Chodkiewicz, AK, Widin, J & Yasukawa, K 2008, 'Engaging Aboriginal Families to Support Student and Community Learning', Dispora, Indigenous and Minority Education, vol. 2, no. 1, pp. 64-81.View/Download from: UTS OPUS or Publisher's site
Engaging families in school-related programs, such as family literacy programs, has been promoted as an effective strategy to assist students who might otherwise fail to achieve success in school. The authors in this article report on an action research initiative with an urban Australian government community school in a relatively socioeconomically disadvantaged area with a significant Aboriginal population. Drawing on a popular education framework, critical pedagogy, and a social practice theory of literacy, the authors develop insights about how strengthening family and community relations with schools can help all parties through developing practical approaches to family engagement and addressing disengagement and resistance to engagement with schools and learning. The authors conclude that educators, project workers, and researchers need to become more literate about the families and communities within and around a school, and make a consistent effort to reach out and include families and the local communities.
Chodkiewicz, AK & Burridge, N 2013, 'Addressing Diversity in Schools: Policies, Programs and Local Realities' in Jakubowicz, A & Ho, C (eds), 'For those who've come across the seas': Australian multicultural theory, policy and practice, Australian Scholarly Publishing, North Melbourne, pp. 210-222.View/Download from: UTS OPUS
Burridge, N, Chodkiewicz, A & Whalan, F 2012, 'A study of action learning and aboriginal cultural education' in Indigenous Education: A Learning Journey for Teachers, Schools and Communities, pp. 33-46.View/Download from: Publisher's site
© 2012 Sense Publishers. All rights reserved. Education is an essential pathway to bridging the divide in educational attainment between Indigenous and non- Indigenous students. In the Australian policy contexts, Indigenous Education has been informed by a large number of reviews, reports and an extensive list of projects aimed at improving educational outcomes for Aboriginal and Torres Strait Islander children. Central to each has been the investigation of the inequity of access to educational resources, the legacy of historical policies of exclusion and the lack of culturally responsive pedagogical practices that impact on Indigenous student achievement at school. Research on best practice models for teaching Indigenous students points to the level of teachers' commitment being a crucial link to student engagement in the classroom, improvement of student self concept and student retention rates. Most recently, the Australian Institute for Teaching and School Leadership (AITSL) has recognized in the National Professional Standards for Teachers, that practising teachers must attain skills in working with Aboriginal and Torres Strait Islander students and their communities. Clearly it is time for new pedagogical practices in Indigenous education that are implemented in partnerships with local Aboriginal and Torres Strait Islander communities. This book reports on a three-year research based study of action learning in schools that sought to enhance engagement with local Aboriginal communities, promote quality teaching and improve students' learning outcomes. The school studies come from different demographic regions in New South Wales, Australia's most populous state and showcase the achievements and challenges; highs and lows; affordances and obstacles in the development and delivery of innovative curriculum strategies for teaching Aboriginal histories and cultures in Australian schools. The findings illustrate that engaging teachers in a learning journey in coll...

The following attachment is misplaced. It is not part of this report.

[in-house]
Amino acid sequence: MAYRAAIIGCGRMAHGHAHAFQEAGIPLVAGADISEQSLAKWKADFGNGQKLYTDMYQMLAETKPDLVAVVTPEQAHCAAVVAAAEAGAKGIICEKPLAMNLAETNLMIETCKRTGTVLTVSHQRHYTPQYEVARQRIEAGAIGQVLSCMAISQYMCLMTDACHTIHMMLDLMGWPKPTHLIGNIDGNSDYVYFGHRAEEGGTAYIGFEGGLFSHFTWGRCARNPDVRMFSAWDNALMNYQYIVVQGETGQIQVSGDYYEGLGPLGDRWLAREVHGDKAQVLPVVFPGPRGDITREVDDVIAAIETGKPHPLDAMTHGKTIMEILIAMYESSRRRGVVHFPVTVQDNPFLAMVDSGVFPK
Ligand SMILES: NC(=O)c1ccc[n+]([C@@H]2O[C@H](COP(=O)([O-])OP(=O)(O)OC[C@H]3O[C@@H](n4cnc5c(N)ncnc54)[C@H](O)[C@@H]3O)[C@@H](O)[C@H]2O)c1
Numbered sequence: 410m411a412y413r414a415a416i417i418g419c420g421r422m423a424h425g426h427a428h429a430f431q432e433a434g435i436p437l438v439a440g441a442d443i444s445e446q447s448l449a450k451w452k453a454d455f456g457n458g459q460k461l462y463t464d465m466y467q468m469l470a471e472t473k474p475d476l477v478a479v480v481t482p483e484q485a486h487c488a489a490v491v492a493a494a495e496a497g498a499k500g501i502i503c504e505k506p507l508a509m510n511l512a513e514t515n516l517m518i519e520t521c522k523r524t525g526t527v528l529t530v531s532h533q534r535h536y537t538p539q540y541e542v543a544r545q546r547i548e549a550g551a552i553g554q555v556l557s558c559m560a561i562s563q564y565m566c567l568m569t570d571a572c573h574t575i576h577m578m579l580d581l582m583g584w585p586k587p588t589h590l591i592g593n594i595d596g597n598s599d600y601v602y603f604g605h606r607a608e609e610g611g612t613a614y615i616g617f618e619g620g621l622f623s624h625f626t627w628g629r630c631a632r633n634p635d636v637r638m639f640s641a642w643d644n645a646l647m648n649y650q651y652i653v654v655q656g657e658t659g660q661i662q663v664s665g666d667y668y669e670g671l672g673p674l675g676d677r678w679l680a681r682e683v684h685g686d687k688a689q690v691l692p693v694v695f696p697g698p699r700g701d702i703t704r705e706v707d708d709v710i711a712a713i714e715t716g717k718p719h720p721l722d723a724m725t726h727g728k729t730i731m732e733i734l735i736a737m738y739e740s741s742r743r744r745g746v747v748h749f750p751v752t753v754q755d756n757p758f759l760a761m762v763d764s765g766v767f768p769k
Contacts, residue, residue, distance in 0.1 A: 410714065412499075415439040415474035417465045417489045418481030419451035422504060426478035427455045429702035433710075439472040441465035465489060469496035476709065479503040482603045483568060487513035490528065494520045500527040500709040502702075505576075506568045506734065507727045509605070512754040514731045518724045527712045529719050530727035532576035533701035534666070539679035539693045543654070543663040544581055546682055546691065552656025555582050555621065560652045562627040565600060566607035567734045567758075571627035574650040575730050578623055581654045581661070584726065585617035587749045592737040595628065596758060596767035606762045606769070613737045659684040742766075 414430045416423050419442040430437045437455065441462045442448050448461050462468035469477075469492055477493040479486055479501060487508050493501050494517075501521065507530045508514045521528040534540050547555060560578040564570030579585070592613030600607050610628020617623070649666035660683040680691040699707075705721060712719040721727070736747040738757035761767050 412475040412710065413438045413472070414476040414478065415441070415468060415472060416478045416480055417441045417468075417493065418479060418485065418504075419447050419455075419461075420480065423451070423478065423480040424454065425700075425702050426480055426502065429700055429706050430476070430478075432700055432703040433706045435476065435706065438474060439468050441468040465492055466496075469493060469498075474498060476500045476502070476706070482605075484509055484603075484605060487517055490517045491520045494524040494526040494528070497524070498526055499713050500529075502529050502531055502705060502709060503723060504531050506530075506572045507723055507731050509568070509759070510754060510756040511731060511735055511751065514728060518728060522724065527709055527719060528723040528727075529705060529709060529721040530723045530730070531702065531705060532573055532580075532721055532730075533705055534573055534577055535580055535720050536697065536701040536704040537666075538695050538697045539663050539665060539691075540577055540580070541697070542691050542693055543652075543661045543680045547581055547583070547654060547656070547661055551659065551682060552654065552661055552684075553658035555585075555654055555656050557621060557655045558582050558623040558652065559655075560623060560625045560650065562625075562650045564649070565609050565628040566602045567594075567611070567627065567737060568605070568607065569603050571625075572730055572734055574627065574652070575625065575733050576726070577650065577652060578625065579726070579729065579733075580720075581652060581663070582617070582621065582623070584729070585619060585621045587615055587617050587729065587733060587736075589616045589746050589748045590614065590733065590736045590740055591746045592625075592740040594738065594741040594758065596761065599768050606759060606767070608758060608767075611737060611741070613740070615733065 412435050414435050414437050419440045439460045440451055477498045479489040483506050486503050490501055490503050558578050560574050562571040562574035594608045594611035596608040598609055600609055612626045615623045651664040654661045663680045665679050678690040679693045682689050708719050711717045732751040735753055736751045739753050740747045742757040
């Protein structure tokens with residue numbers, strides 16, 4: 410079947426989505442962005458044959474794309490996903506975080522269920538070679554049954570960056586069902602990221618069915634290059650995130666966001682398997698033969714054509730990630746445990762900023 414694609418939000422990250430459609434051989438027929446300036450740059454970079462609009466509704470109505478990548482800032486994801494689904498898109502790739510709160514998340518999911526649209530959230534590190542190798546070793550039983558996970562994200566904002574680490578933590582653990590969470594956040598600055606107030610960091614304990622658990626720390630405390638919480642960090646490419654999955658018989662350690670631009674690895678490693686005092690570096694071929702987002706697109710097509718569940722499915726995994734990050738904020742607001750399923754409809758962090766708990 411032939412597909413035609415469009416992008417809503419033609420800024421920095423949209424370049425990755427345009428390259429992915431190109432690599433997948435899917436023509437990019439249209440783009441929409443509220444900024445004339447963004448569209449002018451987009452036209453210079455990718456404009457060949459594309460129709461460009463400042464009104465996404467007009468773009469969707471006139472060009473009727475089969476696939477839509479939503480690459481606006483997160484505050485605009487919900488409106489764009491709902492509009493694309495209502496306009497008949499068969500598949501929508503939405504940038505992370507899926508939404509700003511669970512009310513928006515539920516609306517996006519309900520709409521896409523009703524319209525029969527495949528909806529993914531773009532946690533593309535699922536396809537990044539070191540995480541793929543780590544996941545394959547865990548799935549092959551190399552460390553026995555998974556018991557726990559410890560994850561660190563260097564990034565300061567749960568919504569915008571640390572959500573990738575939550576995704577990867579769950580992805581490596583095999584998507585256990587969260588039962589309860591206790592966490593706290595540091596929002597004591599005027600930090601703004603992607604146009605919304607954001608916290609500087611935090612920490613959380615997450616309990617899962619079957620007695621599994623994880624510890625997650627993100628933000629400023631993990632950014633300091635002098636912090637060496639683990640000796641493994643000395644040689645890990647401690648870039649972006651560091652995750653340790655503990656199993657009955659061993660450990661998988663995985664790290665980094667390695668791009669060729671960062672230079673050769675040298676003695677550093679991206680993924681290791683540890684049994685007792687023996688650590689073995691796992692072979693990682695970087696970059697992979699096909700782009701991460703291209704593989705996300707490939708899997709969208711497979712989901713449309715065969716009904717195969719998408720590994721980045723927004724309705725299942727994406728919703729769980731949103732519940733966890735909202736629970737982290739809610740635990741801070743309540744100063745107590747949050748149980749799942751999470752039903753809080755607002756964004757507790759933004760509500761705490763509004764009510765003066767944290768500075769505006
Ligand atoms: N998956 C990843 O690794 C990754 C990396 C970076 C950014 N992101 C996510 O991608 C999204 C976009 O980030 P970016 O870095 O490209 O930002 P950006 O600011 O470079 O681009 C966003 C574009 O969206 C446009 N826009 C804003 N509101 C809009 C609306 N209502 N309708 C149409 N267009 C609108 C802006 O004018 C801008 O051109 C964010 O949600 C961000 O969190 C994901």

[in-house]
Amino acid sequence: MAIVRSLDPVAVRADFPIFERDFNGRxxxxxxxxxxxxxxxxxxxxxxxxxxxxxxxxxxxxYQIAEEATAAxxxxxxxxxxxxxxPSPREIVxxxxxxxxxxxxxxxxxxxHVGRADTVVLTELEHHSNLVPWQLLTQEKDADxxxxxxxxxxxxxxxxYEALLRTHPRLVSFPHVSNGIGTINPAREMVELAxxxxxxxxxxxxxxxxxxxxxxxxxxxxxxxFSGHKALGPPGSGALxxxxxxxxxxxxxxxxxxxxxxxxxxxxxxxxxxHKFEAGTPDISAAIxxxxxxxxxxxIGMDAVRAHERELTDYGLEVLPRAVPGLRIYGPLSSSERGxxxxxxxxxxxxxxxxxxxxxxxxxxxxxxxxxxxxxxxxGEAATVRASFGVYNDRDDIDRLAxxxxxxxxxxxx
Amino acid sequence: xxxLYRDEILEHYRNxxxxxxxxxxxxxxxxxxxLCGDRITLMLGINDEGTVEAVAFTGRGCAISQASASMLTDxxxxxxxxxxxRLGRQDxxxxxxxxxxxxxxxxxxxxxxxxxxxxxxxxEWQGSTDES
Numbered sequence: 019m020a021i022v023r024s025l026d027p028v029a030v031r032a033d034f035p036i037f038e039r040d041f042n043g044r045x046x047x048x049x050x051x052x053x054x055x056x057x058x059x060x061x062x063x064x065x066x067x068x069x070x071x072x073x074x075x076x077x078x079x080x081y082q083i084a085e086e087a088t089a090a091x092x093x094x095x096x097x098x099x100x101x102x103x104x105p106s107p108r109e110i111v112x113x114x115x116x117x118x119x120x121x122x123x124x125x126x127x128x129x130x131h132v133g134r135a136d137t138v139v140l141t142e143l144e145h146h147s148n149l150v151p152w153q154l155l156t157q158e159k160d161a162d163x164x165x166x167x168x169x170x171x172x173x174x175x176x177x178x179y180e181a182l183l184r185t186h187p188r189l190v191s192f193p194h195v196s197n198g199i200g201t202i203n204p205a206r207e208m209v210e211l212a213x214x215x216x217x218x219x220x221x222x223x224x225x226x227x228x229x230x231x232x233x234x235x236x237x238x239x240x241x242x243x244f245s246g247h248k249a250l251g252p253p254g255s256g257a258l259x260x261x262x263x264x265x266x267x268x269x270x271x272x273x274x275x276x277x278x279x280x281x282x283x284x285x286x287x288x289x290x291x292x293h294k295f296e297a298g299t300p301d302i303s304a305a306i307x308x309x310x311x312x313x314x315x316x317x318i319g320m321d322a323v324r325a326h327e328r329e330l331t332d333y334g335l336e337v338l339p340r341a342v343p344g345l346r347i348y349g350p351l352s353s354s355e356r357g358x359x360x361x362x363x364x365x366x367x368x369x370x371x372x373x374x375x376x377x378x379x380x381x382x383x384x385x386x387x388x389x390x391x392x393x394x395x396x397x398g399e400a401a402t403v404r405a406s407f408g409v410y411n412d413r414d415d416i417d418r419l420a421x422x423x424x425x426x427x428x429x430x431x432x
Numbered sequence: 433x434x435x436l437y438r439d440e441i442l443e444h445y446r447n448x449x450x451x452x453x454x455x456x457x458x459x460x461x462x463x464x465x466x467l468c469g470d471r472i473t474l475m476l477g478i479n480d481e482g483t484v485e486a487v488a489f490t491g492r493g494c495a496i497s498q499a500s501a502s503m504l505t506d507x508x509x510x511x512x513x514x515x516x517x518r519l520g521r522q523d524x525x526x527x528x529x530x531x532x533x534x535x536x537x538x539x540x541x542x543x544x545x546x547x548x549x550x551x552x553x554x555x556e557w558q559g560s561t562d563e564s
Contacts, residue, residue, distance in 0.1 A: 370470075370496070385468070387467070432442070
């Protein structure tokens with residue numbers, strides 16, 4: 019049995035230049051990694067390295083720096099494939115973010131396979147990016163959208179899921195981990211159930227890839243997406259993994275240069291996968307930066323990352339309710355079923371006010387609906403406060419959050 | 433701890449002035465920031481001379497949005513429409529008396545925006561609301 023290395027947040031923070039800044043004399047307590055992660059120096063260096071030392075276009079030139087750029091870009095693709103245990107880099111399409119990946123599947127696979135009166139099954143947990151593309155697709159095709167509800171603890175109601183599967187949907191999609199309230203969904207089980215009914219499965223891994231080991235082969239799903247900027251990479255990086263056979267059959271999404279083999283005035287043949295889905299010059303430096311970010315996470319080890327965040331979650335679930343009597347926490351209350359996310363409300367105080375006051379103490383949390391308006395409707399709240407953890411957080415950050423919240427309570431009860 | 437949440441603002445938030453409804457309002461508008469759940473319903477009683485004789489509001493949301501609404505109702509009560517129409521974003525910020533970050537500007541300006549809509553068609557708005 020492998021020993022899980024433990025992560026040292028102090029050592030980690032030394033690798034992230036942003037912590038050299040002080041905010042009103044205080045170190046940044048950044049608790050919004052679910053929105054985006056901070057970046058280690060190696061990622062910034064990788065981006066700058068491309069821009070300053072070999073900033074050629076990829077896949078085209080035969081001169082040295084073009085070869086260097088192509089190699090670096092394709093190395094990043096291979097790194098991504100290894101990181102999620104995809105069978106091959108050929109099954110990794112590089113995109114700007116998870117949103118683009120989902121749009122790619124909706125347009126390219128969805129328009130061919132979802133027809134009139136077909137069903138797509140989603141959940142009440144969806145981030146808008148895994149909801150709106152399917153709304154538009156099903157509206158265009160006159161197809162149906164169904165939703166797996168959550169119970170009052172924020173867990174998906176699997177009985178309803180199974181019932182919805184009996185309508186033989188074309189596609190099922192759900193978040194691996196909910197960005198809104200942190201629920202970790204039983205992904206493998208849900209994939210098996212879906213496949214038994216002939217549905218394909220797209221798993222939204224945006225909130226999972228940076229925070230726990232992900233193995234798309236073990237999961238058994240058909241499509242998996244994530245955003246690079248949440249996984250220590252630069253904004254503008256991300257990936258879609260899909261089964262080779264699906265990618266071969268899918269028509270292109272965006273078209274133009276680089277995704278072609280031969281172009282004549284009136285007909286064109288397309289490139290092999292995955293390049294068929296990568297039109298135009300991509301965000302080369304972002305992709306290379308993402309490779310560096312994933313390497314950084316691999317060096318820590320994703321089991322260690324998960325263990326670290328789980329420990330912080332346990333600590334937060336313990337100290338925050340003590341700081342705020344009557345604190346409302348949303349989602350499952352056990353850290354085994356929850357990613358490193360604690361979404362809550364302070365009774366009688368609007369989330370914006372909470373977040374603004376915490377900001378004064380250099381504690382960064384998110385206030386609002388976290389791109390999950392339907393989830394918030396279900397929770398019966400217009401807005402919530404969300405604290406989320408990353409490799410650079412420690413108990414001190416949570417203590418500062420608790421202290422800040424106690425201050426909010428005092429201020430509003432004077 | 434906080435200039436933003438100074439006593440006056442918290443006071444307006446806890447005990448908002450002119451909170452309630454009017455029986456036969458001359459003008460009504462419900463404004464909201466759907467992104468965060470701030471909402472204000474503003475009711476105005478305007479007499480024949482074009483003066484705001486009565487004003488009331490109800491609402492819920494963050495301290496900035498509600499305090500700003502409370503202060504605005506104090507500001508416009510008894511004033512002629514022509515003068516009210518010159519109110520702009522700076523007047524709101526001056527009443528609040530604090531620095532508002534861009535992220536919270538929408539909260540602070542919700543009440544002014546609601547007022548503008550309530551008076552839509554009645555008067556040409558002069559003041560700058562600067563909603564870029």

Burridge, N & Chodkiewicz, AK 2012, 'An Historical Overview Of Aboriginal Education Policies in The Australian Context' in Burridge, N, Whalen, F & Vaughan, K (eds), Indigenous Education: A Learning Journey for Teachers, Schools and Communities, Sense Publishers, Rotterdam, The Netherlands, pp. 11-22.View/Download from: UTS OPUS
The history of the education of Aboriginal children in NSW since 1788 and in other states of Australia, covers periods of major policy shifts that until the late 1960s saw Aboriginal children suffer under a system of discrimination that variously separated, segregated, excluded, 'protected' or removed them from their families. It is important to revisit this history by highlighting aspects of these policy shifts as they provide the context for a deeper understanding of current Aboriginal and Torres Strait Islander education programs and policies that seek to enable Indigenous children and young people to gain access to educational opportunities offered to all students.
Burridge, N, Chodkiewicz, AK & Whalan, F 2012, 'A Study of Action Learning And Aboriginal Cultural Education' in Burridge, N, Whalen, F & Vaughan, K (eds), Indigenous Education: A Learning Journey for Teachers, Schools and Communities, Sense Publishers, Rotterdam, The Netherlands, pp. 33-46.View/Download from: UTS OPUS
A team of education researchers from the University of Technology, Sydney, Australia was commissioned to carry out a study of the Quality Teaching Indiginous Project. The schools' action learning projects aimed at providing teachers with professional learning about Aboriginal cultural knowledge and its application for culturally appropriate pedagogical practices in the classroom. The ultimate objective of the prroject was improvement in student engagement and learning with an emphasis on (English) literacy and numeracy.